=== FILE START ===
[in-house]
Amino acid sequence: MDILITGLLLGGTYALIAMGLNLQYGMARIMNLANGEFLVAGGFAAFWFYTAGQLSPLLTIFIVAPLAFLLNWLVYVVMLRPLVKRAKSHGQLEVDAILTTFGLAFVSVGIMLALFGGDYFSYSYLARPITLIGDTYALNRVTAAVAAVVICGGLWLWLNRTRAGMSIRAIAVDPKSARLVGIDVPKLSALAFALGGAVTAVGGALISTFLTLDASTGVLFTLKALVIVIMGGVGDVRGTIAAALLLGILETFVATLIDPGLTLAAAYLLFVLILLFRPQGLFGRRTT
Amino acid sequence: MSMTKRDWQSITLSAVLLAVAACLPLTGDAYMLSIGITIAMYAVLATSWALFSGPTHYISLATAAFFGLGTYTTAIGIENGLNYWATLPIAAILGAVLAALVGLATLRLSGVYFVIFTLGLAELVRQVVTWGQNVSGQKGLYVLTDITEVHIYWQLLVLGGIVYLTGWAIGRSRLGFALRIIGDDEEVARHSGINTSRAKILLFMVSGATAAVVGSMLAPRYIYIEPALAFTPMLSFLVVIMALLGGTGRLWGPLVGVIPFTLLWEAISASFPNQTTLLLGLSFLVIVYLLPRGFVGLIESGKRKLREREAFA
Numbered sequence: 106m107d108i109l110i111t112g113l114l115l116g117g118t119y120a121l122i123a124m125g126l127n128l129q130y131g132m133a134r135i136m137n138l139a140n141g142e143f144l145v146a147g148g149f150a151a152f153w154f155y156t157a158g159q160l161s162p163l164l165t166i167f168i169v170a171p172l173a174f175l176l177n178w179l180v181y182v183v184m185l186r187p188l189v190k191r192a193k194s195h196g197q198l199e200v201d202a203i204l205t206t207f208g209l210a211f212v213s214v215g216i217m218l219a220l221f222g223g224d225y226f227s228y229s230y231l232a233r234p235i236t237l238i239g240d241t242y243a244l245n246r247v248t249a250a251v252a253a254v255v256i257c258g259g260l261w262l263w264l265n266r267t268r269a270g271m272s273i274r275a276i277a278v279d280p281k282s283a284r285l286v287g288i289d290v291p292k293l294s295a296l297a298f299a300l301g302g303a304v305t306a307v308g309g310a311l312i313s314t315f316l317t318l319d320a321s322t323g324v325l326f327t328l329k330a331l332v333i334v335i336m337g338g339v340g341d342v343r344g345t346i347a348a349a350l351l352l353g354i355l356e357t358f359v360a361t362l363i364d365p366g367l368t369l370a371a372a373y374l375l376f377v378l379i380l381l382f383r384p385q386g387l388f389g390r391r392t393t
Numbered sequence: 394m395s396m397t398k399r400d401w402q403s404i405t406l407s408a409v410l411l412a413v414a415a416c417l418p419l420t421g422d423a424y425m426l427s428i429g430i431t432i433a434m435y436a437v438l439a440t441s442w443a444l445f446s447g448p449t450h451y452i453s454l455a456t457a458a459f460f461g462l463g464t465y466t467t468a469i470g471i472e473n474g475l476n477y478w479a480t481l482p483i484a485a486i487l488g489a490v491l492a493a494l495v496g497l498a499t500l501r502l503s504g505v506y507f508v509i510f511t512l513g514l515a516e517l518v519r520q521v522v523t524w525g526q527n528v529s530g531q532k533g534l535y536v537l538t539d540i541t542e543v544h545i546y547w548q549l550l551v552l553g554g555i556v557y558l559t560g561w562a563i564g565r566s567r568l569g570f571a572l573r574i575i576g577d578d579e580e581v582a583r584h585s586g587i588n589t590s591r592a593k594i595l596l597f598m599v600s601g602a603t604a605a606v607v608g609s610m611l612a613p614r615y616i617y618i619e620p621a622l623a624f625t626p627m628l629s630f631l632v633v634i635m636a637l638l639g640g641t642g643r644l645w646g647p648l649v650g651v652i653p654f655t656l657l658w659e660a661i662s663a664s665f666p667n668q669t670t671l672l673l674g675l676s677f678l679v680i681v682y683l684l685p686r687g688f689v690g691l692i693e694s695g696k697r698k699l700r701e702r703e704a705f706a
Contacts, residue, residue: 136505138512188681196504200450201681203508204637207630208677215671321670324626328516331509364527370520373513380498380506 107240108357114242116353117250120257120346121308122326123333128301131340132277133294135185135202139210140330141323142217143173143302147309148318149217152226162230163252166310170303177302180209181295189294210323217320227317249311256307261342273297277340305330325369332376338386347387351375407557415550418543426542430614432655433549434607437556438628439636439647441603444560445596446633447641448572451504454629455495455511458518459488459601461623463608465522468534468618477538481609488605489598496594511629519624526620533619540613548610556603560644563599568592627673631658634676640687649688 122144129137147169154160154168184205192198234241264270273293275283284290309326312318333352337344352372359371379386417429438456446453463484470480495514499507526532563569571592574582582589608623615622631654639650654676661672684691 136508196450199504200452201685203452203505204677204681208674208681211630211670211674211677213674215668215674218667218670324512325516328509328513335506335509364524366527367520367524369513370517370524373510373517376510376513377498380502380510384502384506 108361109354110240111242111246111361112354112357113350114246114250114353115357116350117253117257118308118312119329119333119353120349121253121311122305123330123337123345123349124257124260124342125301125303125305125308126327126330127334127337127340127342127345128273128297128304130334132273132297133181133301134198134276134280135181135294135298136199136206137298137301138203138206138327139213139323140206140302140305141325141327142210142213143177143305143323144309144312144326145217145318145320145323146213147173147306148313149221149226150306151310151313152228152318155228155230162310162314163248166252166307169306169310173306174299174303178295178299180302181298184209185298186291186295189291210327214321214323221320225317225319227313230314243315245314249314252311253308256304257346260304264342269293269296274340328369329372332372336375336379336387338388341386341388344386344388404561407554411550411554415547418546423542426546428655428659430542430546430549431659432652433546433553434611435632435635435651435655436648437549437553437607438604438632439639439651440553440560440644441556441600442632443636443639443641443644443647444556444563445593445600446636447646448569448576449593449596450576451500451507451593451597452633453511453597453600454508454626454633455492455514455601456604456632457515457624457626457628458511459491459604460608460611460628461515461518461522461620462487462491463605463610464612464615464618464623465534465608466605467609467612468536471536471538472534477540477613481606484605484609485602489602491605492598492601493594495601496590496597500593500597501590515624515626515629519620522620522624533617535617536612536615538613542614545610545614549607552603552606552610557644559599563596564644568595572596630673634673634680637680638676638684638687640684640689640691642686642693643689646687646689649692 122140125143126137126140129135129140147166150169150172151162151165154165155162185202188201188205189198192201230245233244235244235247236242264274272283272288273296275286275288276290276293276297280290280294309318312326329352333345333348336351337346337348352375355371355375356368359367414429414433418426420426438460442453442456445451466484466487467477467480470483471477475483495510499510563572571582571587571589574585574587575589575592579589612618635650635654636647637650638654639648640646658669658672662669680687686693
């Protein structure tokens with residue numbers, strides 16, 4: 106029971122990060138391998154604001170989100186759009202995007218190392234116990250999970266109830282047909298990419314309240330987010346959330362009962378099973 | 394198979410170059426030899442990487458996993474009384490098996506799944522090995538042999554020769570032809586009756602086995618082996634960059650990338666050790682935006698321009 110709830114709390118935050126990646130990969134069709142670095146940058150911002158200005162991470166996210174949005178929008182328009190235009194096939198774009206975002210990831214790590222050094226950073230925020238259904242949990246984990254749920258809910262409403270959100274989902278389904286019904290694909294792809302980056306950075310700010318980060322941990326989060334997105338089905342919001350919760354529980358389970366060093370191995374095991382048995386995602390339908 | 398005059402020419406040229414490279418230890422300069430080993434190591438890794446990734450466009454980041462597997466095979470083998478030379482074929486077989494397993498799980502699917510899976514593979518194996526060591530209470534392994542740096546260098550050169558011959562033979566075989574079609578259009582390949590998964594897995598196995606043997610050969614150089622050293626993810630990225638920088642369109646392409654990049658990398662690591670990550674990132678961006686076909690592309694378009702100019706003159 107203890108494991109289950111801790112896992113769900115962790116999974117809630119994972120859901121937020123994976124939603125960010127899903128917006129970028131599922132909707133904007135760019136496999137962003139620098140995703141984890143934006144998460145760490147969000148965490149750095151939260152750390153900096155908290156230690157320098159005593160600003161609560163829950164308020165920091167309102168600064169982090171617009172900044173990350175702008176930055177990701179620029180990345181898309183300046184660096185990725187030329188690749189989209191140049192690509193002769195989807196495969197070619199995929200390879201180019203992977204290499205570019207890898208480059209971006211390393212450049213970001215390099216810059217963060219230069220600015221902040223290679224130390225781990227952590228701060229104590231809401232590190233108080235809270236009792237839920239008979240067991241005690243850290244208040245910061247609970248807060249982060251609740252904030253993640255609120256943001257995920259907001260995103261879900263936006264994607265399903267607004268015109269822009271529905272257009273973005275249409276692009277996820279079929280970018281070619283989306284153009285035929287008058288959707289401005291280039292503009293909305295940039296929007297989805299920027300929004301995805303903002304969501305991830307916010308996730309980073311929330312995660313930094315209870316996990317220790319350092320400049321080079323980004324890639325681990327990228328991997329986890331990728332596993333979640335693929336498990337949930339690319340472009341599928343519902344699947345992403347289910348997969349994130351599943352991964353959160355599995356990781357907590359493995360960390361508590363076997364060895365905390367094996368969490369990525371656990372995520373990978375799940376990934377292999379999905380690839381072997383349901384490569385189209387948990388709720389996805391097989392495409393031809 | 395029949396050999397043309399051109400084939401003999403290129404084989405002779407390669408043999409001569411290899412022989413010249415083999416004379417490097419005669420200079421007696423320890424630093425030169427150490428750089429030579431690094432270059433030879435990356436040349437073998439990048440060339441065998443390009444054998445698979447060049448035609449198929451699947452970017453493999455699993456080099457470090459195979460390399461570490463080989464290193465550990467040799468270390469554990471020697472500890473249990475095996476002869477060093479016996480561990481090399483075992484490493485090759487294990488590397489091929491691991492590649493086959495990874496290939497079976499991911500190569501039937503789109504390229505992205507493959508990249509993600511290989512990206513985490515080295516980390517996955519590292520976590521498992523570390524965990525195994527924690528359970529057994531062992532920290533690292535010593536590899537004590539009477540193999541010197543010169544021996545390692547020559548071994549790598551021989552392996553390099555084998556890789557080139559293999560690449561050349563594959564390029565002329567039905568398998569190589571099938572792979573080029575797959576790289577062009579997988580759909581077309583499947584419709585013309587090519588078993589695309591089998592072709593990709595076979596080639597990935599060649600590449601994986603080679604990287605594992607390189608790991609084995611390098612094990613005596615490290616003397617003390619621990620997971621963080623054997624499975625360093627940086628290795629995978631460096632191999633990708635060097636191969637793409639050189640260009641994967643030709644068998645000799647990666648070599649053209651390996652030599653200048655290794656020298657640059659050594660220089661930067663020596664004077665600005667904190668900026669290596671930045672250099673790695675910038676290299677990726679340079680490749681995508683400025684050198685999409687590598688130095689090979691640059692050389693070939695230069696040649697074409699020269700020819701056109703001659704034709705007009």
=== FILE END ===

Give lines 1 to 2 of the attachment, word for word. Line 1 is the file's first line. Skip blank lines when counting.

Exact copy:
[in-house]
Amino acid sequence: MDILITGLLLGGTYALIAMGLNLQYGMARIMNLANGEFLVAGGFAAFWFYTAGQLSPLLTIFIVAPLAFLLNWLVYVVMLRPLVKRAKSHGQLEVDAILTTFGLAFVSVGIMLALFGGDYFSYSYLARPITLIGDTYALNRVTAAVAAVVICGGLWLWLNRTRAGMSIRAIAVDPKSARLVGIDVPKLSALAFALGGAVTAVGGALISTFLTLDASTGVLFTLKALVIVIMGGVGDVRGTIAAALLLGILETFVATLIDPGLTLAAAYLLFVLILLFRPQGLFGRRTT